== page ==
West Virginia crude oil train derailment: Fires burned for hours, smoke

Hundreds of families were evacuated and two water treatment plants were shut down after dozens of the cars left the tracks and 19 caught fire Monday afternoon, creating shuddering explosions and intense heat.

Fires burned for hours Tuesday after a train carrying 109 tankers of crude oil derailed in a snowstorm alongside a creek in West Virginia, sending fireballs into the sky and threatening the water supply of people living nearby.

Hundreds of families were evacuated and two water treatment plants were shut down after dozens of the cars left the tracks and 19 caught fire Monday afternoon, creating shuddering explosions and intense heat. Part of the formation hit and set fire to a house, and one person was treated for smoke inhalation, but no other injuries were reported, according to a statement from the train company, CSX.

"It was a little scary. It was like an atomic bomb went off," said David McClung, who felt the heat from one of the shuddering explosions at his home about a half mile uphill. One of the explosions sent a fireball at least 300 feet into the air, McClung added.

Fire crews had little choice Tuesday but to let the tanks — each carrying up to 30,000 gallons of crude — burn themselves out.

The train was carrying volatile Bakken crude from North Dakota's shale fields to an oil shipping depot in Yorktown, Virginia, using model 1232 tank cars, which include safety upgrades voluntarily adopted by the industry four years ago, the Federal Railroad Administration confirmed.

However, a series of ruptures and fires in recent derailments involving model 1232 cars has the National Transportation Safety Board questioning their safety as well, and the Department of Transportation has drafted new standards being reviewed by the White House budget office.

The West Virginia National Guard was taking water samples to determine whether the oil had seeped into Armstrong Creek, a tributary of the Kanawha River. So far, "we haven't been able to determine how much, if any, crude oil made it into the river," but there were no reports of a sheen so far, state Environmental Protection spokeswoman Kelley Gillenwater said.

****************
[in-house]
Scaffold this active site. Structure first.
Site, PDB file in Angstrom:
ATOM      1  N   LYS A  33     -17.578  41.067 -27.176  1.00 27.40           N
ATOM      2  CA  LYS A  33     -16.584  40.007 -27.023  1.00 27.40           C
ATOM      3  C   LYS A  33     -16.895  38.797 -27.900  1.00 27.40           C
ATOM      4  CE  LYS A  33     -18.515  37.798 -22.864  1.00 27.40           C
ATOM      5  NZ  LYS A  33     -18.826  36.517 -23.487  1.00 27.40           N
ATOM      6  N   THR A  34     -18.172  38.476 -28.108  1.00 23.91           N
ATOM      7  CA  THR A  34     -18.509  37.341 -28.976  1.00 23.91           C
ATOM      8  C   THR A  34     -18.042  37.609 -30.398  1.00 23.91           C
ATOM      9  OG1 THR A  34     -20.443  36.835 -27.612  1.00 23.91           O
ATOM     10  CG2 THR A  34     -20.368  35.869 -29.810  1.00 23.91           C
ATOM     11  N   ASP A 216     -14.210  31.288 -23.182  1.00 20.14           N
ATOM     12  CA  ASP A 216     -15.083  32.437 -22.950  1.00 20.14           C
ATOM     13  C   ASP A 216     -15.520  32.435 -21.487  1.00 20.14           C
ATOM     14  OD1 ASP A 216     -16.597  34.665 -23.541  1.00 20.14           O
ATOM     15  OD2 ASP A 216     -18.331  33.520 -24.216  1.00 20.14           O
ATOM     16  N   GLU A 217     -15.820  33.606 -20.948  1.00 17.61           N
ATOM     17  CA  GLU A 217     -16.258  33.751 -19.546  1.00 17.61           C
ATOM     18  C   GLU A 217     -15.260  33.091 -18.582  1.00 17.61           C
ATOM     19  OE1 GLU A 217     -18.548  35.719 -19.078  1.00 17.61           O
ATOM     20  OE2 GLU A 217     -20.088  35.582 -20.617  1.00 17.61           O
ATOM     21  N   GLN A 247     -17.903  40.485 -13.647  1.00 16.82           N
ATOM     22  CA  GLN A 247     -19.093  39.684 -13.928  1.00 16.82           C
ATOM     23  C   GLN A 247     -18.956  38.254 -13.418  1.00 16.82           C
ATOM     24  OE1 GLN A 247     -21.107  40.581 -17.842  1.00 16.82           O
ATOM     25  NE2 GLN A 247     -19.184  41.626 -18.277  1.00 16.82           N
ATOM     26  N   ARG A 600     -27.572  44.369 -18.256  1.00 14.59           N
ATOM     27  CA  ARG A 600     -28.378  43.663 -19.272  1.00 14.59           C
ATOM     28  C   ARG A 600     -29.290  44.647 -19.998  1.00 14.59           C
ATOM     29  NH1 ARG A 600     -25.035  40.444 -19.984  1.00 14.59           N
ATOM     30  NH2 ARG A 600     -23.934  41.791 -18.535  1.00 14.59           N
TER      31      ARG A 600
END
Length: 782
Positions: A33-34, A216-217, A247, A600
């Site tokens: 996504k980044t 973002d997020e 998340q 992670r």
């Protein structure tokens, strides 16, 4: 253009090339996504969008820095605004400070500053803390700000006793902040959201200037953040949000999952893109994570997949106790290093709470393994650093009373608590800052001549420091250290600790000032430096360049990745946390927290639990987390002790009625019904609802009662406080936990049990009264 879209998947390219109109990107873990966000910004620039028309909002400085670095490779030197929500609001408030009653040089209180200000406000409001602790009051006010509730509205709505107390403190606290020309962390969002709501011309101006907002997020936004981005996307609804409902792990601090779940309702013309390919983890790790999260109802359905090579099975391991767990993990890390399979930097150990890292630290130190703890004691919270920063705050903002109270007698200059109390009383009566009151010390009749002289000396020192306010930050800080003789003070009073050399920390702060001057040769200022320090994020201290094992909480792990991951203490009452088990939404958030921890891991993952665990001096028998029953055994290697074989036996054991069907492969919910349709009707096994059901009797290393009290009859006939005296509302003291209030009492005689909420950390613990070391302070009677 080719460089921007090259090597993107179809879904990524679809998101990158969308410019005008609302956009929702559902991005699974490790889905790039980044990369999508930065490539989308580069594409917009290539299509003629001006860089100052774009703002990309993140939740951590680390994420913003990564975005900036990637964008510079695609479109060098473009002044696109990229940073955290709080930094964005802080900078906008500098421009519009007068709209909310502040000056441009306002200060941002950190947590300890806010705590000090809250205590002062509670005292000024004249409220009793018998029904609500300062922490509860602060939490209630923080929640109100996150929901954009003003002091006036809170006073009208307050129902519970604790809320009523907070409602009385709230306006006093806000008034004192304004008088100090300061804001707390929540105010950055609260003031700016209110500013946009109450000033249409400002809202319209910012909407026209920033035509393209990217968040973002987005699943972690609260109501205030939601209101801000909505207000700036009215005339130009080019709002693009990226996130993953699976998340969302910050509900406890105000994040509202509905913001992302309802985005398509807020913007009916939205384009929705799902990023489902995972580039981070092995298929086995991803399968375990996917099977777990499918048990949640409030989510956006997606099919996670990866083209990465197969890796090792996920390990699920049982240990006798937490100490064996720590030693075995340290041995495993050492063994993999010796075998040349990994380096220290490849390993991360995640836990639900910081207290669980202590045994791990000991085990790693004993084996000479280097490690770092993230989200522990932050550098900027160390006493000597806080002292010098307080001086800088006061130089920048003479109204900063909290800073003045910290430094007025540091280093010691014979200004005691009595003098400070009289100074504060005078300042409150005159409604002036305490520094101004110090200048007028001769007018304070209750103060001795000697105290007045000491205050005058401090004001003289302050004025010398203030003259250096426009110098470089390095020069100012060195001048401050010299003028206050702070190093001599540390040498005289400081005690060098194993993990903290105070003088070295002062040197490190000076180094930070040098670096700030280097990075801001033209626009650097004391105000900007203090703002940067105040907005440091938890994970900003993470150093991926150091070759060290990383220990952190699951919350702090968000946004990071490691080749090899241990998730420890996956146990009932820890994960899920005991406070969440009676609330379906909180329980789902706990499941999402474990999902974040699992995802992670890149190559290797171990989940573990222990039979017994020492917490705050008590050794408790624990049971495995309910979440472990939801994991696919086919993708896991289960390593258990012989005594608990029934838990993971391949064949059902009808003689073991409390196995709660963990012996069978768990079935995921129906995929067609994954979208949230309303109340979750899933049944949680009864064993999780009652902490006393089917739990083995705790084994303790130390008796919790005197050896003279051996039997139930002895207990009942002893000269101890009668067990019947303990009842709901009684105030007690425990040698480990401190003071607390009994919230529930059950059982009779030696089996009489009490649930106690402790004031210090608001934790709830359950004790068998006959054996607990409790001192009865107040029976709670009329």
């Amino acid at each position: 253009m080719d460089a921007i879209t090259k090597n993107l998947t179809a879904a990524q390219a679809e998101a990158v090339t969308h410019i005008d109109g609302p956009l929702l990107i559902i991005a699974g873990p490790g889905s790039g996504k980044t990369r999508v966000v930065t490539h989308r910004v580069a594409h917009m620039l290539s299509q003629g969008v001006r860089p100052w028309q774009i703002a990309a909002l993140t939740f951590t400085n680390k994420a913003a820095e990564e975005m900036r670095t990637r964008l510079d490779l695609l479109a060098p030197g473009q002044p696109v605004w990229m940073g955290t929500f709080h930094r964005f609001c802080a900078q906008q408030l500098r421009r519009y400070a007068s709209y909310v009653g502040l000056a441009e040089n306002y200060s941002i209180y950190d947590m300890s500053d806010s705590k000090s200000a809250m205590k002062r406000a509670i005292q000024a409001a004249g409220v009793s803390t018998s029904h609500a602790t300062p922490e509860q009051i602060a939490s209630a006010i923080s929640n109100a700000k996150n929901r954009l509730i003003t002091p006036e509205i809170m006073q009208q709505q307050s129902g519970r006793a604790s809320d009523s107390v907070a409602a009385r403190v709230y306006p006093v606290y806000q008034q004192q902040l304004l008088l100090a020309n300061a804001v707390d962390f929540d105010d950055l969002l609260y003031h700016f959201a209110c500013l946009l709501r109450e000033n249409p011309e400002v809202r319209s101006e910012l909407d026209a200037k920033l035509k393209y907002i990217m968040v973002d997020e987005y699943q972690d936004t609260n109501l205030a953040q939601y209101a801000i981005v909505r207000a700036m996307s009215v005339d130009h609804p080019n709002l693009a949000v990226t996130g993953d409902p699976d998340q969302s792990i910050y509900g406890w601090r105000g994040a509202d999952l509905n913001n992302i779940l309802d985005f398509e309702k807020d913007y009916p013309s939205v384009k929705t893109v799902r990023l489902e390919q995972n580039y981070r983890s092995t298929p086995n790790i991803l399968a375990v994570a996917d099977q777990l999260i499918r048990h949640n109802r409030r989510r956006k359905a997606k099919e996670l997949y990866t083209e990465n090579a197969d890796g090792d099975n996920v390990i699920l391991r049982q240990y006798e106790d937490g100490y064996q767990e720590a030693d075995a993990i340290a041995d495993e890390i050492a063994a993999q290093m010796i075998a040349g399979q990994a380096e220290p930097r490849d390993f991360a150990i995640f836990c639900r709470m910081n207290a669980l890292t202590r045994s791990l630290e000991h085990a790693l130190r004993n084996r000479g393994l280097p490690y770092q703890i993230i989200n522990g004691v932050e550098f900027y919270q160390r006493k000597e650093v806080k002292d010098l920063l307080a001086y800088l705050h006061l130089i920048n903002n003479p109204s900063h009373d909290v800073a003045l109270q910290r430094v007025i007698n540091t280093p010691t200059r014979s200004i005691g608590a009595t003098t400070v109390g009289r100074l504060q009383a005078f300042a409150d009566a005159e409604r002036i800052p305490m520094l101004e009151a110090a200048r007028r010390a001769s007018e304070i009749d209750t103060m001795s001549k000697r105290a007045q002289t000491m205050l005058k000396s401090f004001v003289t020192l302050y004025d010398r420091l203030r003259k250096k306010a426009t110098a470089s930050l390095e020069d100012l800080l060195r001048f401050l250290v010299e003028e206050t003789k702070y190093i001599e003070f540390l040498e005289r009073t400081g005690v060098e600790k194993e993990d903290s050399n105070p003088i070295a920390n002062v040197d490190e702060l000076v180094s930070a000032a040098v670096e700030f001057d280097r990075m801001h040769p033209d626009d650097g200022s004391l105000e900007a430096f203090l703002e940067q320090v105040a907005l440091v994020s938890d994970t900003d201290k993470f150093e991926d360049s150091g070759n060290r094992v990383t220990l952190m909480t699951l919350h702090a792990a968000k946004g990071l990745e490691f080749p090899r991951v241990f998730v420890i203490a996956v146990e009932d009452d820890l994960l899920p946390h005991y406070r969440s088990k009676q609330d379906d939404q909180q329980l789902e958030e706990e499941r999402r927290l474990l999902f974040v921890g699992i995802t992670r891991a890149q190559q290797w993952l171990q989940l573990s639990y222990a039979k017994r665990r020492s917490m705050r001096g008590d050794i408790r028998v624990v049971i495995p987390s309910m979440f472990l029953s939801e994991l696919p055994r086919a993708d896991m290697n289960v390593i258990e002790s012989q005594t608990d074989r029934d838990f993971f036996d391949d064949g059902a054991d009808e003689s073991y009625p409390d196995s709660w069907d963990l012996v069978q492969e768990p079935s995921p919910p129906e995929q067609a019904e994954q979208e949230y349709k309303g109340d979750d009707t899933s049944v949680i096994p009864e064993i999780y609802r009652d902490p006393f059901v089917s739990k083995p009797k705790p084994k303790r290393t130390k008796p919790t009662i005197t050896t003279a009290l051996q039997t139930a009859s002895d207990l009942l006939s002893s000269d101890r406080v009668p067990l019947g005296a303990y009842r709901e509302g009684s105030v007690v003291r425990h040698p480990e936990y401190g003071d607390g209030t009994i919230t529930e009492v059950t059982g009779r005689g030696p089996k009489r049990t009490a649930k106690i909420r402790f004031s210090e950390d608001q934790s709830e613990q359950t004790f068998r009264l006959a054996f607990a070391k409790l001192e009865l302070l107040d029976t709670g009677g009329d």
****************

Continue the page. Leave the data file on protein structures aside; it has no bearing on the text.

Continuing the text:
CSX contractors also were monitoring the air for pollution linked to the fires, and federal railroad and hazardous materials officials were probing the accident, which prompted Gov. Earl Ray Tomblin to declare a state of emergency.

All but two of the 109 cars being hauled were tanker cars, and 26 of them left the tracks, the governor's spokesman Chris Stadelman said.

The ongoing fires prevented state regulators from getting close enough to fully assess the damage early Tuesday, but by 10 a.m., Appalachian Power crews were given clearance to repair a line supplying electricity to about 900 customers.

Snow was falling heavily Monday — as much as 7 inches in some places — but it's not clear if the weather had anything to do with the derailment, which happened about 1:20 p.m. along a straight stretch of rail about 30 miles southeast of Charleston.

And contrary to initial reports by responders at the scene, none of the tankers went into the water, state public safety division spokesman Larry Messina said early Tuesday.

West Virginia American Water shut down a water treatment plant about 3 miles downstream from the accident site, spokesman Laura Jordan said. Another water plant downstream in the town of Cedar Grove also closed its intake but later resumed operations, Messina said.

The lack of water forced West Virginia University Tech in nearby Montgomery to cancel classes for the rest of the week.

About 85 displaced residents went to shelters set up by CSX and the American Red Cross, Messina said.

The U.S. Transportation Department is weighing tougher safety regulations for rail shipments of crude, which can ignite and result in huge fireballs. Responding to a series of fiery train crashes, including one this spring in Lynchburg, Virginia, the government proposed rules in July that would phase out tens of thousands of older tank cars that carry increasing quantities of crude oil and other highly flammable liquids.

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Contributors include Pam Ramsey in Charleston, West Virginia; and Joan Lowy in Washington, D.C. Mattise reported from Charleston.

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